Snooper’s Charter: Are we about to enter a world of suspicionless surveillance — regulated by politicians?
With powers to snoop on our communications that are unprecedented anywhere in the world, it is essential the Investigatory Powers Bill doesn’t let politicians decide who is spied on.
The bill, if it is passed, aims to give the police and intelligence agencies sweeping powers to scoop up our emails, phone calls and text messages; and access details about when, where and with whom we communicate; and even hack into our computers and smartphones. At Privacy International, we have many concerns about the proposals and will be campaigning hard over the coming months, but one of our strongest concerns is about the powers that politicians will continue to wield in deciding who gets snooped on.
If Parliament passes the bill, in essence our personal data will no longer be personal — the state will be able to access it whenever it decides to. The government will be routinely collecting and retaining the data of people who are not suspected of any crime. We must strongly resist giving any government such a power to put every one of us under permanent suspicionless surveillance.
But what makes this an even greater concern is that it is likely these agencies will be able to exercise many of these hugely intrusive powers into our private lives without the prior approval of judges. While Home Secretary Theresa May is promising a reassuring sounding “double lock” system — whereby her warrant approval would then be signed off by a judge — at closer inspection, this is anything but reassuring.
Let’s be clear — what the government is proposing is not judicial authorisation. The newly created Investigatory Powers Commission (IPC) will be little more than auditors. As section 19 of the bill indicates, the IPC “will oversee intercepting authorities’ use of this power, ensuring that the detailed safeguards set out in legislation are stringently applied…The Commissioner will audit how the authorities use the power and publish his findings annually”.
The IPC would only be checking that the home secretary has been following correct procedures, when what we actually need is for them to independently examine the warrant application themselves and decide whether it should be approved or not based on their legal expertise.
The government clearly does not want them to have this power. As Shami Chakrabarti from Liberty put it: “At most, there is a very, very limited role for judges in a rubber-stamping exercise. It is not judicial sign-off… They have spun it as a double lock, but the second person, the judge, does not actually have a key.”
In 2014, the home secretary authorised 2,345 interception warrants. As pointed out by her Conservative colleague David Davis MP: “If she is having to sign off 10 warrants a day, she can’t possibly do it with the proper scrutiny needed.”
Martin Chamberlain QC, who is one of the most pre-eminent lawyers involved in terrorism and national security cases argues: “The idea that the decision-maker can apply her mind properly to every one of these is far-fetched.” If the police and intelligence agencies really want to regain public confidence, they shouldn’t be placing the burden of authorising their intrusive activities on one busy individual. The so-called double-lock would not change this.
Attorney General Jeremy Wright has apparently advised the home secretary to maintain political authorisation, rather than hand this power to judges. This is wrong-headed. Why are politicians stopping proper legal scrutiny of warrant applications to be carried out by independent judges?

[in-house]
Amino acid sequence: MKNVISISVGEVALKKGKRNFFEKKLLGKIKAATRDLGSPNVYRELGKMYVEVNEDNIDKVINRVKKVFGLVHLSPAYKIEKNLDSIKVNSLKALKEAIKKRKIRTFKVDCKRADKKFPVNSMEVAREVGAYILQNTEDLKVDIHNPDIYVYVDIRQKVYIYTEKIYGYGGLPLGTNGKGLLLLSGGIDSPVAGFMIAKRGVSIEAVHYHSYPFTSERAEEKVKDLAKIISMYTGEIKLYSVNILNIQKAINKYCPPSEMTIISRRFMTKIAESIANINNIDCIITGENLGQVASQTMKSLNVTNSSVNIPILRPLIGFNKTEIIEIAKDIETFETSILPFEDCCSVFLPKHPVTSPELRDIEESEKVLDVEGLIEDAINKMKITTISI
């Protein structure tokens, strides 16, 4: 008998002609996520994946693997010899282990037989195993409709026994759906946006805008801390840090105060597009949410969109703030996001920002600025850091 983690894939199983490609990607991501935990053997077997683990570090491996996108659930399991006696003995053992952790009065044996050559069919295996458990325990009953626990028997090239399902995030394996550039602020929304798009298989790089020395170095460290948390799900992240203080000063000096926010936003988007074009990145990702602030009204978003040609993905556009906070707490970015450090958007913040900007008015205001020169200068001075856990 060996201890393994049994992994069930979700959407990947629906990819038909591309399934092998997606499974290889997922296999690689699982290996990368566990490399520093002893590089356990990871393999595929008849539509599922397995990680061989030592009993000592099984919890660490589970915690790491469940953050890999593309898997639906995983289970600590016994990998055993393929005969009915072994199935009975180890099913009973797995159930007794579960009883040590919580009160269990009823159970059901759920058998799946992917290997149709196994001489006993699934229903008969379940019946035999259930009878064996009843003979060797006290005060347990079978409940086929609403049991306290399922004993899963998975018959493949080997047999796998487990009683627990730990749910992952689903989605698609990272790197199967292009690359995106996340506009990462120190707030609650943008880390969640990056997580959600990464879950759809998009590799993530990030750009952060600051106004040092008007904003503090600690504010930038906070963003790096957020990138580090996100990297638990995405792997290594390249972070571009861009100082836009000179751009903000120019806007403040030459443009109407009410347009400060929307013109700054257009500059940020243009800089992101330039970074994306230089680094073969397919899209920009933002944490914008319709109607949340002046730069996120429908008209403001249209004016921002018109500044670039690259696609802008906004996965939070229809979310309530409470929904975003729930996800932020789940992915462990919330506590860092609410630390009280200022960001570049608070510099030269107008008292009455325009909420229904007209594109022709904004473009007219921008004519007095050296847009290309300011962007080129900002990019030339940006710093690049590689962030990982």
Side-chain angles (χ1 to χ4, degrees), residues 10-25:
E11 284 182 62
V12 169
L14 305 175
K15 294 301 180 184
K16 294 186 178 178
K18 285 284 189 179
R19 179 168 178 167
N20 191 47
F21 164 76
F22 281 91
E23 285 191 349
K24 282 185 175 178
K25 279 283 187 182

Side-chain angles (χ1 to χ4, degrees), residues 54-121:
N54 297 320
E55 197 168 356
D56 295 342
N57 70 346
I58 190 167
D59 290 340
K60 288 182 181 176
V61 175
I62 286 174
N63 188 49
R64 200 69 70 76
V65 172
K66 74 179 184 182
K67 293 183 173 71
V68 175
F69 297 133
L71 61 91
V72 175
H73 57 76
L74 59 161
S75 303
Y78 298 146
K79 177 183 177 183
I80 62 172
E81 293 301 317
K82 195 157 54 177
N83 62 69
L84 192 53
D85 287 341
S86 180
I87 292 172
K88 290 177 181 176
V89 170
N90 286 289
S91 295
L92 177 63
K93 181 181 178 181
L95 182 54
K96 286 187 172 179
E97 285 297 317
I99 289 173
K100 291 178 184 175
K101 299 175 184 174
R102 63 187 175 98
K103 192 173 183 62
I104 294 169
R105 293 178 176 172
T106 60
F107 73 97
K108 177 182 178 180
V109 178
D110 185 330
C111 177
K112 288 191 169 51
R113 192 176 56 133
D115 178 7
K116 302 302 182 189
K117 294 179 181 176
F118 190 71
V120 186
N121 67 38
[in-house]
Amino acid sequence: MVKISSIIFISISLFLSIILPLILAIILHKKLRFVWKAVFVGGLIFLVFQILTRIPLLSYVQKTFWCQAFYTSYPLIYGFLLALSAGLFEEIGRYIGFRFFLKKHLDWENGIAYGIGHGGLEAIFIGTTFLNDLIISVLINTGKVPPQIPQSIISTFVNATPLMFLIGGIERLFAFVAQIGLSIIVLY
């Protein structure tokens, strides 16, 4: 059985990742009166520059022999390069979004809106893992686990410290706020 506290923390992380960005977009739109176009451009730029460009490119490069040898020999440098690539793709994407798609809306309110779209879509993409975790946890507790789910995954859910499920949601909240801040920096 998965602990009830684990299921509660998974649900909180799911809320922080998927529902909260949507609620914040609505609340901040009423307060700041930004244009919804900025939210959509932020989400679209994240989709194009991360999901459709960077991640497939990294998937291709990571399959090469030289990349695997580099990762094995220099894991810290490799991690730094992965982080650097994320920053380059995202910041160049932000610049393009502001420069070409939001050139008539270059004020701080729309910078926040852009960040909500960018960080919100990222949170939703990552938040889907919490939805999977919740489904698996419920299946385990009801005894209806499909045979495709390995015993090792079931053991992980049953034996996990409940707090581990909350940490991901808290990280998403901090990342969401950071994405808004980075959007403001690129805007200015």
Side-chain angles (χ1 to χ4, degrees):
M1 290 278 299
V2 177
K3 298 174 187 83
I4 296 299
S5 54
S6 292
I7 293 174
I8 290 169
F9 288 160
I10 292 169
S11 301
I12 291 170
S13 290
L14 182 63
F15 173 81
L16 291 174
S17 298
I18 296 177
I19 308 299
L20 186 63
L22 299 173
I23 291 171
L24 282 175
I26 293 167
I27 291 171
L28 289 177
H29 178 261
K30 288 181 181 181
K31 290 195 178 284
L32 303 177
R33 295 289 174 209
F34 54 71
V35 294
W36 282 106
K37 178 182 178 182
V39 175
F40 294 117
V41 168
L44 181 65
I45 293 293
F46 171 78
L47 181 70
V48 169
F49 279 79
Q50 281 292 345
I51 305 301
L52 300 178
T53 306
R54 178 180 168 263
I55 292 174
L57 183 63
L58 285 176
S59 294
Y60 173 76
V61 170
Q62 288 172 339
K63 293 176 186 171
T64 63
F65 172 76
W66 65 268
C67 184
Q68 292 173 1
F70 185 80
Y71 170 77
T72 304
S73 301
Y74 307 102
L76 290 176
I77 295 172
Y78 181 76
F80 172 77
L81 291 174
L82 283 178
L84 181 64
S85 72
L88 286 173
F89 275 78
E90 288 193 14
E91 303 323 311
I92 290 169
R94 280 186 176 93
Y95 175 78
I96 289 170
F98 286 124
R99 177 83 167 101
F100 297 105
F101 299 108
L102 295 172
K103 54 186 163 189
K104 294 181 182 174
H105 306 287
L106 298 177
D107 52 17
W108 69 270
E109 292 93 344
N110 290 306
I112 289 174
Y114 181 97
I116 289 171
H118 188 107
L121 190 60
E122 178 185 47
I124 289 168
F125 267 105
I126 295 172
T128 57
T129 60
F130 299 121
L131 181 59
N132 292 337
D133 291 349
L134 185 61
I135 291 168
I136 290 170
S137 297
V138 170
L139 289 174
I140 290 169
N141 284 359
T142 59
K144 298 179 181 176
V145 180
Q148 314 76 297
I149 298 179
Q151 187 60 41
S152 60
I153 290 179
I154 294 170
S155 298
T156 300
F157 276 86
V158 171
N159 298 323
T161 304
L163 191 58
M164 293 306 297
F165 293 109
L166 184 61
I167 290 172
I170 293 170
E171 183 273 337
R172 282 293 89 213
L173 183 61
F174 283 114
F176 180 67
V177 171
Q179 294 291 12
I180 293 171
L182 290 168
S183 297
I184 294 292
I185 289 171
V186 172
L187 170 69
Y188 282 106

Why is the UK sending a message out to the world that our politicians should be able to operate above the law? One of the reasons we have a judiciary that is separate to both government and Parliament is to prevent the concentration of power within the political classes and to act as a vital check on their powers.
In his wide-ranging report, A Question Of Trust, published in the summer, David Anderson QC, the Independent Reviewer of Terrorism Legislation, called for judicial commissioners to approve warrants. The highly influential security and defence think tank, the Royal United Services Institute (Rusi), also called for judicial approval of warrants in their report published less than two months later.
Dominic Grieve, the former attorney general and the newly appointed chair of the intelligence and security committee, which is Parliament’s intelligence “watchdog”, has added his voice to the clarion call for judicial authorisation, noting “forms of judicial authorisation or scrutiny exist, for example, in large numbers of other Commonwealth countries and in the United States and work very well”. And he rightly rejects concerns that judges would be too slow in authorising urgent requests, stating: “There is no evidence that they cause a difficulty in carrying out the work.”
As Davis points out: “We will remain the only one of all the five eye ally countries — the US, Canada, Australia and New Zealand — who won’t have judges’ sign off.” Judicial authorisation in these countries has not hamstrung their ability to carry out surveillance. The UK must not doggedly pursue a separate path.
The perpetuation of such a flawed and cosy approval process will do little to re-establish the credibility that the UK’s surveillance regime so badly needs.
Andrew Parker, the head of MI5, has called for a “mature debate” as the Investigatory Powers Bill goes through Parliament over the coming months. As part of that mature debate, we look forward to the government thinking again about whether we can trust a system where intrusion into our daily lives is being approved in in such a cavalier manner.
Harmit Kambo is campaigns director at Privacy International.